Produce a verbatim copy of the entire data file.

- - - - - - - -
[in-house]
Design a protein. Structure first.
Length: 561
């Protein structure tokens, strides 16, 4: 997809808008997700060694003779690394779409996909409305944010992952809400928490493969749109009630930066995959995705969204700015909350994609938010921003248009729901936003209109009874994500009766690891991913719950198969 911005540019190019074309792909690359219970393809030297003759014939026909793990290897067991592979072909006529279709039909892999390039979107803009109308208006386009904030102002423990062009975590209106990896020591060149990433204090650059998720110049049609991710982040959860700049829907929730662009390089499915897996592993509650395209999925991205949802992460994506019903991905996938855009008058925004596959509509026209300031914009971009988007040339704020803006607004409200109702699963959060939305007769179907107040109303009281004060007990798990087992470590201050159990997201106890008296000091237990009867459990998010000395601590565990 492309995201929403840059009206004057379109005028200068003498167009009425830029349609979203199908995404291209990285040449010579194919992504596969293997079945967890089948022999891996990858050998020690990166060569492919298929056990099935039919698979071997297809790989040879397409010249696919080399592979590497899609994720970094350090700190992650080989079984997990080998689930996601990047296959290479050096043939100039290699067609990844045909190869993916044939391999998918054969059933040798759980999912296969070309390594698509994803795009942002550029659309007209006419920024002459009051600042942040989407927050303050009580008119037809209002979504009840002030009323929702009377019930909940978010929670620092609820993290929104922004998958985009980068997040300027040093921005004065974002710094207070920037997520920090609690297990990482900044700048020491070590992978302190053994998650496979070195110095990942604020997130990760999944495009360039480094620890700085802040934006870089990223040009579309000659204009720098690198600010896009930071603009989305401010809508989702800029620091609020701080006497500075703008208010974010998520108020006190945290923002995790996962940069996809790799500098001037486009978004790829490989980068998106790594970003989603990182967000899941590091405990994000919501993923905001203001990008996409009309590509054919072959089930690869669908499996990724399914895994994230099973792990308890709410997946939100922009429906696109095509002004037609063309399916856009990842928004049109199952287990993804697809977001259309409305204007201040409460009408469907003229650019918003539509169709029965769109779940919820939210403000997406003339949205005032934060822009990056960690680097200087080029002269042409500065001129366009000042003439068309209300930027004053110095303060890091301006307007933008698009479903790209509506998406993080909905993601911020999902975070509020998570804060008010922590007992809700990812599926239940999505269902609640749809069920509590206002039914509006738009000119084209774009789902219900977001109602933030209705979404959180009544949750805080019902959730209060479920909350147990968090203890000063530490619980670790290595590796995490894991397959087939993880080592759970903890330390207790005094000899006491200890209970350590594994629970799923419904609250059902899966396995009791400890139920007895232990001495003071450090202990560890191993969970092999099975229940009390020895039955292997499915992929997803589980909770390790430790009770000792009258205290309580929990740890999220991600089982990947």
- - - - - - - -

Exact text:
[in-house]
Design a protein. Structure first.
Length: 561
């Protein structure tokens, strides 16, 4: 997809808008997700060694003779690394779409996909409305944010992952809400928490493969749109009630930066995959995705969204700015909350994609938010921003248009729901936003209109009874994500009766690891991913719950198969 911005540019190019074309792909690359219970393809030297003759014939026909793990290897067991592979072909006529279709039909892999390039979107803009109308208006386009904030102002423990062009975590209106990896020591060149990433204090650059998720110049049609991710982040959860700049829907929730662009390089499915897996592993509650395209999925991205949802992460994506019903991905996938855009008058925004596959509509026209300031914009971009988007040339704020803006607004409200109702699963959060939305007769179907107040109303009281004060007990798990087992470590201050159990997201106890008296000091237990009867459990998010000395601590565990 492309995201929403840059009206004057379109005028200068003498167009009425830029349609979203199908995404291209990285040449010579194919992504596969293997079945967890089948022999891996990858050998020690990166060569492919298929056990099935039919698979071997297809790989040879397409010249696919080399592979590497899609994720970094350090700190992650080989079984997990080998689930996601990047296959290479050096043939100039290699067609990844045909190869993916044939391999998918054969059933040798759980999912296969070309390594698509994803795009942002550029659309007209006419920024002459009051600042942040989407927050303050009580008119037809209002979504009840002030009323929702009377019930909940978010929670620092609820993290929104922004998958985009980068997040300027040093921005004065974002710094207070920037997520920090609690297990990482900044700048020491070590992978302190053994998650496979070195110095990942604020997130990760999944495009360039480094620890700085802040934006870089990223040009579309000659204009720098690198600010896009930071603009989305401010809508989702800029620091609020701080006497500075703008208010974010998520108020006190945290923002995790996962940069996809790799500098001037486009978004790829490989980068998106790594970003989603990182967000899941590091405990994000919501993923905001203001990008996409009309590509054919072959089930690869669908499996990724399914895994994230099973792990308890709410997946939100922009429906696109095509002004037609063309399916856009990842928004049109199952287990993804697809977001259309409305204007201040409460009408469907003229650019918003539509169709029965769109779940919820939210403000997406003339949205005032934060822009990056960690680097200087080029002269042409500065001129366009000042003439068309209300930027004053110095303060890091301006307007933008698009479903790209509506998406993080909905993601911020999902975070509020998570804060008010922590007992809700990812599926239940999505269902609640749809069920509590206002039914509006738009000119084209774009789902219900977001109602933030209705979404959180009544949750805080019902959730209060479920909350147990968090203890000063530490619980670790290595590796995490894991397959087939993880080592759970903890330390207790005094000899006491200890209970350590594994629970799923419904609250059902899966396995009791400890139920007895232990001495003071450090202990560890191993969970092999099975229940009390020895039955292997499915992929997803589980909770390790430790009770000792009258205290309580929990740890999220991600089982990947």